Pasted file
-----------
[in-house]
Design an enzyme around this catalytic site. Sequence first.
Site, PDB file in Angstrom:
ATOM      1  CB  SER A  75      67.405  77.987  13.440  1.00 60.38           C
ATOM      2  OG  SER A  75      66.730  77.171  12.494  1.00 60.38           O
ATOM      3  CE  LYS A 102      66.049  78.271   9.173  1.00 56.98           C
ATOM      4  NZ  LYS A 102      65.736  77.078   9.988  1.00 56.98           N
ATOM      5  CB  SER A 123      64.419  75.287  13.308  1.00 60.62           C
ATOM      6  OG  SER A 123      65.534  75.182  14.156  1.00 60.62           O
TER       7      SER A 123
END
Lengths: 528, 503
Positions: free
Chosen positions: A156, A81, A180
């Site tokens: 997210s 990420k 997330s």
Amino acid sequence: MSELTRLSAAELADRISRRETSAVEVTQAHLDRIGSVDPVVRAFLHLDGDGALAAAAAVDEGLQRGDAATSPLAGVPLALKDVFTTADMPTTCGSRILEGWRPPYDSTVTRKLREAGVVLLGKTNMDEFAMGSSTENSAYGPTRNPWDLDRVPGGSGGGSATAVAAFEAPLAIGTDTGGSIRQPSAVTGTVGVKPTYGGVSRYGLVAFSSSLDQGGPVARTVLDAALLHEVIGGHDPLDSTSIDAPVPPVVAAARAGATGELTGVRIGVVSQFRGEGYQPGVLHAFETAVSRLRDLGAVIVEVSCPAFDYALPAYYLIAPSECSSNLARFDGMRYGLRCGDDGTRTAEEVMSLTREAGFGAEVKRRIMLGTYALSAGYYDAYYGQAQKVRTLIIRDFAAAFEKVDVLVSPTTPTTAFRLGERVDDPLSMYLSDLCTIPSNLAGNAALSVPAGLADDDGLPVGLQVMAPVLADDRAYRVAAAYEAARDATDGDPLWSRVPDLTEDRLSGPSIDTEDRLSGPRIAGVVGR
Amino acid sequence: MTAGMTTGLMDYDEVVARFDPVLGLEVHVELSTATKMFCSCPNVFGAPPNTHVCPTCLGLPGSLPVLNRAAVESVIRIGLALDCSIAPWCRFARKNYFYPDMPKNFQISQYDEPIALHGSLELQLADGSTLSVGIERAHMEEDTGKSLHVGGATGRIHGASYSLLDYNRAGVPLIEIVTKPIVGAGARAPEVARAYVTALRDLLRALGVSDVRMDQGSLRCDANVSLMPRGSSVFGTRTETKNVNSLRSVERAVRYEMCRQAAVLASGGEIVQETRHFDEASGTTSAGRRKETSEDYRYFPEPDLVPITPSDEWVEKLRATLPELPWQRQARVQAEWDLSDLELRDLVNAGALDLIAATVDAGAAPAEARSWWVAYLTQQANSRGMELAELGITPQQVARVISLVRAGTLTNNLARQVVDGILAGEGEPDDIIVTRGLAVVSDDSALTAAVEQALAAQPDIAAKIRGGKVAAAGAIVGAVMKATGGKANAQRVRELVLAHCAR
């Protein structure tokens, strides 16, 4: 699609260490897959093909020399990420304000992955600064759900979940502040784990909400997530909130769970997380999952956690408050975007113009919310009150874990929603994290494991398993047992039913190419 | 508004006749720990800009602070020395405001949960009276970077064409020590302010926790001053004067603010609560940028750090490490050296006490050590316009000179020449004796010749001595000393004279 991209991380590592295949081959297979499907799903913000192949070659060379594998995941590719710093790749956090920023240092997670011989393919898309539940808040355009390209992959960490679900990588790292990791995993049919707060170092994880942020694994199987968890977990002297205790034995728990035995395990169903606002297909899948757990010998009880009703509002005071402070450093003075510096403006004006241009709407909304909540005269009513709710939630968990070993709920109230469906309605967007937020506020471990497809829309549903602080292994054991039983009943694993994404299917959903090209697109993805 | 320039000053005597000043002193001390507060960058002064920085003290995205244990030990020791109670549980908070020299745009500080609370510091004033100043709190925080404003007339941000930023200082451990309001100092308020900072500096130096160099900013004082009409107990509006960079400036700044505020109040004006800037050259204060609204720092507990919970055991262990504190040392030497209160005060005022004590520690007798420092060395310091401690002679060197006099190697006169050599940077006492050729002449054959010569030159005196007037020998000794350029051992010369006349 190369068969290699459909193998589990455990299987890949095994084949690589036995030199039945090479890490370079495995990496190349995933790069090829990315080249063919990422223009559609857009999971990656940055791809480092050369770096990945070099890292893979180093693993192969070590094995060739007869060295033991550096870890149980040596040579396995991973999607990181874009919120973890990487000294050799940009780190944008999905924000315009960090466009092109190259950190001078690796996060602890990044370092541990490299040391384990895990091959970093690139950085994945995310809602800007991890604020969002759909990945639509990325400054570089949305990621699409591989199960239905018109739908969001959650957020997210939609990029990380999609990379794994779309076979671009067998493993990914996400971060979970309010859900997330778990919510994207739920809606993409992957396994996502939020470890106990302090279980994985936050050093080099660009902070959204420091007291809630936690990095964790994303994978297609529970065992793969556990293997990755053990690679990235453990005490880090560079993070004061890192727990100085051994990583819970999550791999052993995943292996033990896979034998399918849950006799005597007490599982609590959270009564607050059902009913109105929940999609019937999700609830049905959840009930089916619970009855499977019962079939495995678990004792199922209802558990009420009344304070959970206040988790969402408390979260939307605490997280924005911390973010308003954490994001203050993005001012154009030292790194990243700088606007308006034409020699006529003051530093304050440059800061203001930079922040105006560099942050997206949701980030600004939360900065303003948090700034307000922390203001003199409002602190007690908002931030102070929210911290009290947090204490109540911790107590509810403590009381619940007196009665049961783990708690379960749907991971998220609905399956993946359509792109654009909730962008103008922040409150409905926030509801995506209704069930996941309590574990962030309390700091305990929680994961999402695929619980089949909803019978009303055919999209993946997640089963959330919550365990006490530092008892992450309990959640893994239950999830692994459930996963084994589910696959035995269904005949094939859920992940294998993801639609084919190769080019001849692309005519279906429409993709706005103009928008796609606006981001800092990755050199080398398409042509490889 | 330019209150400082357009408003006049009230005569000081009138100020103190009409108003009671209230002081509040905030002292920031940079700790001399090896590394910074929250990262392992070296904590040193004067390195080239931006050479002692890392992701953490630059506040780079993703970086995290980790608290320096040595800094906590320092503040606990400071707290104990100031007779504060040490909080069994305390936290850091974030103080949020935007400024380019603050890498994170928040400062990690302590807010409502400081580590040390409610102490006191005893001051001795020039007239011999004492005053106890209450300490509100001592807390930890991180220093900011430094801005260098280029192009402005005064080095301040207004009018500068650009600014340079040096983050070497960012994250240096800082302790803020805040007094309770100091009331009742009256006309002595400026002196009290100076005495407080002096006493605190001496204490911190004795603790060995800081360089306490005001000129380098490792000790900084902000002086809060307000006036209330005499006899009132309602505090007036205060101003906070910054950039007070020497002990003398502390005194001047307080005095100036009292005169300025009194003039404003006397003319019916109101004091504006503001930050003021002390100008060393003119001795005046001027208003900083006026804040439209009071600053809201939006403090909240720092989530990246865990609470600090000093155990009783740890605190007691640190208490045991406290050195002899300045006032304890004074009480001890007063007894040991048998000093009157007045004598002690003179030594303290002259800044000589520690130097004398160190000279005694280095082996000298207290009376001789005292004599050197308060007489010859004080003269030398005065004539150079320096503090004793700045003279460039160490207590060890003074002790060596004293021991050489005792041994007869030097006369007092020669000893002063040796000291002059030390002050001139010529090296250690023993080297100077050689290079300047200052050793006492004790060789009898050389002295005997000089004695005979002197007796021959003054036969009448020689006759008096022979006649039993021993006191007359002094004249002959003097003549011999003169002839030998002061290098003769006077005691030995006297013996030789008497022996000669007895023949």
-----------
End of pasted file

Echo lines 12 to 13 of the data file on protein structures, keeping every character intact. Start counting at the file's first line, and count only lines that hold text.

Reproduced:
Lengths: 528, 503
Positions: free